Galapagos hawks court, Nazca boobies nest on Genovesa, and migrant shorebirds arrive on the island, where they’ll stay until March. The giant tortoises of Santa Cruz return to the temperate highlands, and sea lion pupping (birthing) season begins.

September:
Galapagos penguins are very active on Bartolomé, sea birds are active at their nesting sites, and sea lions throughout the islands are abundant, playful, and competitive.

October:
Lava herons start nesting, Galapagos fur seals (actually a type of sea lion) begin mating, and blue-footed boobies raise their chicks.

November:
Sea lion pupping season continues, and the adorable pups swim playfully next to snorkelers.

December:
Giant tortoise eggs begin to hatch, and green sea turtles begin mating. With the start of the rainy season, the Galapagos Islands become beautiful and green, as the plants in dry zones produce leaves. The first young waved albatrosses fledge, and the weather in the islands is ideal.



August 4, 2014

A Few Handy Galapagos & Ecuador Tips

130The cornerstone of many a traveler’s bucket list, the Galapagos Islands archipelago provides a once-in-a-lifetime experience for any nature or wildlife enthusiast. And the gorgeous, culturally rich, and vastly underrated Andean highlands of mainland Ecuador deliver family adventure memories unparalleled by any other place on earth.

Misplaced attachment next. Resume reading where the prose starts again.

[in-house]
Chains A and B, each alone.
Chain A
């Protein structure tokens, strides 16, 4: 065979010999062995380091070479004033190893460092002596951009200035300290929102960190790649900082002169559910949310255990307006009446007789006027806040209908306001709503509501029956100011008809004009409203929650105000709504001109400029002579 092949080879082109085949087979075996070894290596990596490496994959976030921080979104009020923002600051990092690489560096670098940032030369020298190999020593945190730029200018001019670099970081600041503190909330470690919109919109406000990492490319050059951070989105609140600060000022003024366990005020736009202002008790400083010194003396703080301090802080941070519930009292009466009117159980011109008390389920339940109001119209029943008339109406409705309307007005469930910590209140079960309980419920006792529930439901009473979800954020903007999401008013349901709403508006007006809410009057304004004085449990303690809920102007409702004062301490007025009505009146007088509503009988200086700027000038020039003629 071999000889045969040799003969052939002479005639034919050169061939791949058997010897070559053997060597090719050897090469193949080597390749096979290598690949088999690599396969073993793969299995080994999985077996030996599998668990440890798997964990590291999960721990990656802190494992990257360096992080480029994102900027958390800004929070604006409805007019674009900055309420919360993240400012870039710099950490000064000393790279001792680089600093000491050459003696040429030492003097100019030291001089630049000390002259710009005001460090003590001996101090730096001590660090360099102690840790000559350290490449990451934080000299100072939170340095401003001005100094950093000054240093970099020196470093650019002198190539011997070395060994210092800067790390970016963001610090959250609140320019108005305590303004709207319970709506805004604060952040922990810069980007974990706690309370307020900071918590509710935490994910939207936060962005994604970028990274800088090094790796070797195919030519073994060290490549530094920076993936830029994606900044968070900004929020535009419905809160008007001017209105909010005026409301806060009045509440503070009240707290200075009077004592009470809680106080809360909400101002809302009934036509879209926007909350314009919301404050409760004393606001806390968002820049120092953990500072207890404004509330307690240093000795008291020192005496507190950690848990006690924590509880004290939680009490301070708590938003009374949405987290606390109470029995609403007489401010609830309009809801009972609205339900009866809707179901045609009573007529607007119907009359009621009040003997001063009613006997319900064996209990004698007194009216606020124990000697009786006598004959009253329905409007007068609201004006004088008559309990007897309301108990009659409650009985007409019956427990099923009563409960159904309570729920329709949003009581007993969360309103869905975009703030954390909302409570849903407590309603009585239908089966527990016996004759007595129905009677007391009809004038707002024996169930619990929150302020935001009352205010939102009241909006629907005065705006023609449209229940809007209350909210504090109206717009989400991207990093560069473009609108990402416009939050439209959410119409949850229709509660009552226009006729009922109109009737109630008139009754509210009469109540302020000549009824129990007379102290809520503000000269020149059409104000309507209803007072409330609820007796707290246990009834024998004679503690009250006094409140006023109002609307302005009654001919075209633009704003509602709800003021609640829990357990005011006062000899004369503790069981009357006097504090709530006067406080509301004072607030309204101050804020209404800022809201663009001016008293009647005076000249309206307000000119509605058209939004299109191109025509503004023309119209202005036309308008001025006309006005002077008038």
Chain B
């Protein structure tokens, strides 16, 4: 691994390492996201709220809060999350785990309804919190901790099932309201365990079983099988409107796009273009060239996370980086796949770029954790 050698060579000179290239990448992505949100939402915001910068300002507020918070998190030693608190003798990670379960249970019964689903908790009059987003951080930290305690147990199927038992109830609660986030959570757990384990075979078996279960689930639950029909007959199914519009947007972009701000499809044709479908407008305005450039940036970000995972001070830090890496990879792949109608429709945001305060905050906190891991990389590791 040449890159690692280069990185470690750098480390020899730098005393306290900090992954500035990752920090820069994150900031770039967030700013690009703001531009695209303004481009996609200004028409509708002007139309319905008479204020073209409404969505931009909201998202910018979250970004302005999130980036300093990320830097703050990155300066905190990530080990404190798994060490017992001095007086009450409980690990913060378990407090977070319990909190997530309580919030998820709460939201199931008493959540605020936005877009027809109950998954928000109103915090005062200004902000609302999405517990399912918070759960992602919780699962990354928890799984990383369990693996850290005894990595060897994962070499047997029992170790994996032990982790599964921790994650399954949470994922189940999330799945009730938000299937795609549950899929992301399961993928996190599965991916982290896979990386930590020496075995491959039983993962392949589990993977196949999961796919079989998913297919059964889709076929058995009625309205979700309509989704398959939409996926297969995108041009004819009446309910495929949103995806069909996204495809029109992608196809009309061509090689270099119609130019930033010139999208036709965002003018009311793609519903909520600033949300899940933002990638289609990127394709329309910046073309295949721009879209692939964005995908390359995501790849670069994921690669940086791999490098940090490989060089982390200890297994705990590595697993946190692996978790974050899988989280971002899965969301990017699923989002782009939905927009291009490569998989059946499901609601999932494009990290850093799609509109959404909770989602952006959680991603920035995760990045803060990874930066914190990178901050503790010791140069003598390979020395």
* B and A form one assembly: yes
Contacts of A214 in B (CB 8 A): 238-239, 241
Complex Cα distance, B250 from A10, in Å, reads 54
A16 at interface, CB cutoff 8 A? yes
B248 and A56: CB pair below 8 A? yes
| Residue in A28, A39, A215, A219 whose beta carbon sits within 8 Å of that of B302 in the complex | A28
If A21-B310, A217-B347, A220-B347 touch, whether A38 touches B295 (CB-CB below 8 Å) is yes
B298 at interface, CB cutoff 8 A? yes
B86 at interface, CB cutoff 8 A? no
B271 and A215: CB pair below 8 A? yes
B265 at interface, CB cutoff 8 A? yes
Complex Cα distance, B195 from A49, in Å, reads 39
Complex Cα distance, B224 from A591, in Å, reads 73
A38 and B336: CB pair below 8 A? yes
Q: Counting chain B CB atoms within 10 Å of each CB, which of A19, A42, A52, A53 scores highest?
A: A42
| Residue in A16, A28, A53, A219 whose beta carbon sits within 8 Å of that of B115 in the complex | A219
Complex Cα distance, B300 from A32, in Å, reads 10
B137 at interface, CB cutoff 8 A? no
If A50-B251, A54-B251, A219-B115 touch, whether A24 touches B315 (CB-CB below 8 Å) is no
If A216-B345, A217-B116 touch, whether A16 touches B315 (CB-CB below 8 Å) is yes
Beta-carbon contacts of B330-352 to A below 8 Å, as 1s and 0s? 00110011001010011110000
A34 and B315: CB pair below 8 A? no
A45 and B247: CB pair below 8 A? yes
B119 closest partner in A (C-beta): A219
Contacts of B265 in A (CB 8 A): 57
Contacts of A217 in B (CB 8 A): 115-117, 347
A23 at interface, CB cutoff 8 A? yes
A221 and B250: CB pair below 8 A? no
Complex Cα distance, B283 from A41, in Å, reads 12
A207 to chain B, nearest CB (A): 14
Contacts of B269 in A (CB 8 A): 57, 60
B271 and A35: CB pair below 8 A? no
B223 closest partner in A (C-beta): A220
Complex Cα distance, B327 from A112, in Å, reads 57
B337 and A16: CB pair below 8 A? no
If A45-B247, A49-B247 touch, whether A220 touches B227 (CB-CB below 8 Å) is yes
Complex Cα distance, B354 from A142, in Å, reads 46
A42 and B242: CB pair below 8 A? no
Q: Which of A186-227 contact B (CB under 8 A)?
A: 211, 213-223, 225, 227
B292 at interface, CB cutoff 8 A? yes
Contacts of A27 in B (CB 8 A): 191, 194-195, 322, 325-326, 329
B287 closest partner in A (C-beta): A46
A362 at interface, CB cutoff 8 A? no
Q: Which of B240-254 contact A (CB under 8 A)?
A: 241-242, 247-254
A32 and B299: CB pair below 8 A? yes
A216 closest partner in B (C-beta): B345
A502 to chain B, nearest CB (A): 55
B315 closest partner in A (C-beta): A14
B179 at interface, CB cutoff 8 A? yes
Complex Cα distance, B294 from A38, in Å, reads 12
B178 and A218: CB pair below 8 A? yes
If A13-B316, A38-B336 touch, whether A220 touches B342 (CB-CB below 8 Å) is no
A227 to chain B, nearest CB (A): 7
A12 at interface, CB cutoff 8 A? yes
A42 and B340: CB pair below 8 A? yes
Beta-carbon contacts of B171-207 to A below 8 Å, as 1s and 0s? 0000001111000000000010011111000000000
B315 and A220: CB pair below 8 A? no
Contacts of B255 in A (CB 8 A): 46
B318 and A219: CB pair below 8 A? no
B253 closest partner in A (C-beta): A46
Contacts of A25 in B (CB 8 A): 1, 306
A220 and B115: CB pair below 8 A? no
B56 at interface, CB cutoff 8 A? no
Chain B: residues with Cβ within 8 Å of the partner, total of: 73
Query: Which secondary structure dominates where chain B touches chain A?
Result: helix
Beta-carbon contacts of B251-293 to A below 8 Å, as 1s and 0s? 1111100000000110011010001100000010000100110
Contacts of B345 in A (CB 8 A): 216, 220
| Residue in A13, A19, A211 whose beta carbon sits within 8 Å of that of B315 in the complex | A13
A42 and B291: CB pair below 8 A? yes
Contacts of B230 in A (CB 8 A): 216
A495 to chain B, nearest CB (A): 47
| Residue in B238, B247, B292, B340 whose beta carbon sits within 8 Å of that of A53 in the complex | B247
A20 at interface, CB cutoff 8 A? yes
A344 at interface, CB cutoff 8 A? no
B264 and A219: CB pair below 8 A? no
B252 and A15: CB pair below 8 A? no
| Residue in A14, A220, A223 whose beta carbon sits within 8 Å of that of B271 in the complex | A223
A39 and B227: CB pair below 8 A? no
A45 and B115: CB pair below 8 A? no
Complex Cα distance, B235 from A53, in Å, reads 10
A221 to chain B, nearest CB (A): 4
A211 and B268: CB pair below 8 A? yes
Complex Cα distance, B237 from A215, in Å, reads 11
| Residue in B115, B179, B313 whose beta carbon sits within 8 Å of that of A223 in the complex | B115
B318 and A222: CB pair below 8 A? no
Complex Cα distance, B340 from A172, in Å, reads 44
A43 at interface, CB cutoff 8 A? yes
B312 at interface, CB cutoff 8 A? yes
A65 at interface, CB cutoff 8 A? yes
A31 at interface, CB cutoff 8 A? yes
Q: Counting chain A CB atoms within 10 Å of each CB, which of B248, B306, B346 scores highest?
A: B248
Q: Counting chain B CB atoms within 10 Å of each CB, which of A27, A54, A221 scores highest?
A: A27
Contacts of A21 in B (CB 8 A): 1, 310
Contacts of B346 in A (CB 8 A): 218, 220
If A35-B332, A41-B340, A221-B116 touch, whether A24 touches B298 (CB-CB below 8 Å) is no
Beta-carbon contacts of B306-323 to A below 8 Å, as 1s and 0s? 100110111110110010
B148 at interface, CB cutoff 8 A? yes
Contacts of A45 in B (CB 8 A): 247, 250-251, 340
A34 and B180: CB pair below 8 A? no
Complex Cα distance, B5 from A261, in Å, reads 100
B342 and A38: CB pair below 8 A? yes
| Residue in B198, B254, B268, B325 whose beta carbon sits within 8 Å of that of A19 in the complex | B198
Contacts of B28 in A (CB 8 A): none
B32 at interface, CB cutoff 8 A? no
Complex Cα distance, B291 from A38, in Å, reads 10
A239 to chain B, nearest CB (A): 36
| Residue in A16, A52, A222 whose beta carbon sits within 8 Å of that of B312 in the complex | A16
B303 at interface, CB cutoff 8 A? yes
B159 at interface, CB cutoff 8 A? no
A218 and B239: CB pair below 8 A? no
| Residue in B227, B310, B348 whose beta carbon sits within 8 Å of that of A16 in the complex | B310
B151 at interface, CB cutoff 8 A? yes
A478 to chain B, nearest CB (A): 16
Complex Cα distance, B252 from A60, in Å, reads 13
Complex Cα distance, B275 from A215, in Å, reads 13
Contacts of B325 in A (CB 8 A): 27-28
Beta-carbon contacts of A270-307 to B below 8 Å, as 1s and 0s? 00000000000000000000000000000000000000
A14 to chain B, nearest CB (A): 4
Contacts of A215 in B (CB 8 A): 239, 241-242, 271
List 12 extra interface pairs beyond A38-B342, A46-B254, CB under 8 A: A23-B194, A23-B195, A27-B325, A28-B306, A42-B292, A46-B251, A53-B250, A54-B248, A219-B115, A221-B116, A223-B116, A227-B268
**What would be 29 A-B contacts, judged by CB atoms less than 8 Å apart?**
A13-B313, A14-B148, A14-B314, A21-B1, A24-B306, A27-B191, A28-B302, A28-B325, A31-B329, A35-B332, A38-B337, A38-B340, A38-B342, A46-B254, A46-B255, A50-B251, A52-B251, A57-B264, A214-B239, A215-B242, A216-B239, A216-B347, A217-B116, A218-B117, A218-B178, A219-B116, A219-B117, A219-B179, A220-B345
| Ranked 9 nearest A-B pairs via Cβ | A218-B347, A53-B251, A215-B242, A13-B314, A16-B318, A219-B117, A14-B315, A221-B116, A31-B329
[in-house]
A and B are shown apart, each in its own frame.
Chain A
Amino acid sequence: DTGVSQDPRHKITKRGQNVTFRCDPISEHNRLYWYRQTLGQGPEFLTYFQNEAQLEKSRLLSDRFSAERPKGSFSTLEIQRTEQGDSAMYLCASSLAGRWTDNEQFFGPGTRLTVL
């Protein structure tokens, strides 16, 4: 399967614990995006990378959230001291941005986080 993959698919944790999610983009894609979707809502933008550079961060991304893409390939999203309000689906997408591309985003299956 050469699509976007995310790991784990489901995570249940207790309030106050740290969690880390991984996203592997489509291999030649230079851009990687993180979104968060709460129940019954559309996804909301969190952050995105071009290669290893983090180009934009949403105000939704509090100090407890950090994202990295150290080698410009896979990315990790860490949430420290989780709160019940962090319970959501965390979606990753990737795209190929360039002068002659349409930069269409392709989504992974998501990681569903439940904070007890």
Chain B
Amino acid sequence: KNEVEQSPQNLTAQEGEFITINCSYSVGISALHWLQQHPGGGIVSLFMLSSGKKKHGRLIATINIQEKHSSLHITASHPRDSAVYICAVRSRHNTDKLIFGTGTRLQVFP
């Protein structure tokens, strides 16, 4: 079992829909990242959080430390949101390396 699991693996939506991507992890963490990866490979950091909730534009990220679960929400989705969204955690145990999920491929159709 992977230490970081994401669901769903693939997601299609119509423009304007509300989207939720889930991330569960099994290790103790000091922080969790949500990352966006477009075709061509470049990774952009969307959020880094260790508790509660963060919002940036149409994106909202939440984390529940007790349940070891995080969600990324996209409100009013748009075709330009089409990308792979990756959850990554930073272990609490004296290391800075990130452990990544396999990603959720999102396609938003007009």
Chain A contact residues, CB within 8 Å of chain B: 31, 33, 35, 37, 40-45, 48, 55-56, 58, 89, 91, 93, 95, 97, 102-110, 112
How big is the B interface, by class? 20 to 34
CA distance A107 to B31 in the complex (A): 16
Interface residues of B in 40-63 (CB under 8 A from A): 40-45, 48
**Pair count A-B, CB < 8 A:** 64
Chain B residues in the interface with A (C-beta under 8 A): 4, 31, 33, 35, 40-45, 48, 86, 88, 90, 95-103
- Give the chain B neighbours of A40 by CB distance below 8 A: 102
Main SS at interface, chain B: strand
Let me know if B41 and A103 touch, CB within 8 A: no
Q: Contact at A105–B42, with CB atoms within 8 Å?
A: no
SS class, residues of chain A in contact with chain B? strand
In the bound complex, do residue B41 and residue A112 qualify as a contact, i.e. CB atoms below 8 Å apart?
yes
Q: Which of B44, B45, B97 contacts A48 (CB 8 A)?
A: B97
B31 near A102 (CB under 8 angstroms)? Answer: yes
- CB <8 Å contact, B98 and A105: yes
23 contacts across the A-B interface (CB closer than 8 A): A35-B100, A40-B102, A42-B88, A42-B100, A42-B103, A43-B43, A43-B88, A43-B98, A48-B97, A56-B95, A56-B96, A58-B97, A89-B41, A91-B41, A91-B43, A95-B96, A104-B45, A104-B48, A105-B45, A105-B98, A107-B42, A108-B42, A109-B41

A trip to Ecuador and the Galapagos is much different from anything else most people have done before, and travelers may find themselves wondering how and what to pack for such a journey.

Firstly, forget fashion – dress on a family adventure to Ecuador and the Galapagos is casual, and functionality is key. You may want to pack one or two nicer outfits for dinners, such as a dress or skirt for women and khakis for men. Otherwise, bring comfortable, lightweight, and fast-drying clothing with fabrics designed to wick away moisture. While days can be warm and sunny, nights tend to be cooler, so it’s imperative to dress in layers and to always have some dry clothes available – camping or outdoors stores like L.L. Bean, Patagonia, EMS, and REI tend to carry some great stuff for this. Footwear is awkward and bulky to pack, so you’ll want to avoid bringing too many pairs, but count on one pair of boots/shoes getting wet or muddy during the day and have a dry pair available for the evening. Some essential items to bring along include: an assortment of plastic and zip-lock bags to keep gear clean, dry, and sorted; plenty of sunscreen; a wide-brimmed hat; plenty of socks and underwear; bathing suit; comfortable, sturdy walking or hiking shoes; a fleece or light jacket; and water shoes or similar shoes that will be safe and effective for wet landings in the Galapagos. Also, you’ll certainly want a camera for all the spectacular wildlife and scenery you’re sure to come upon!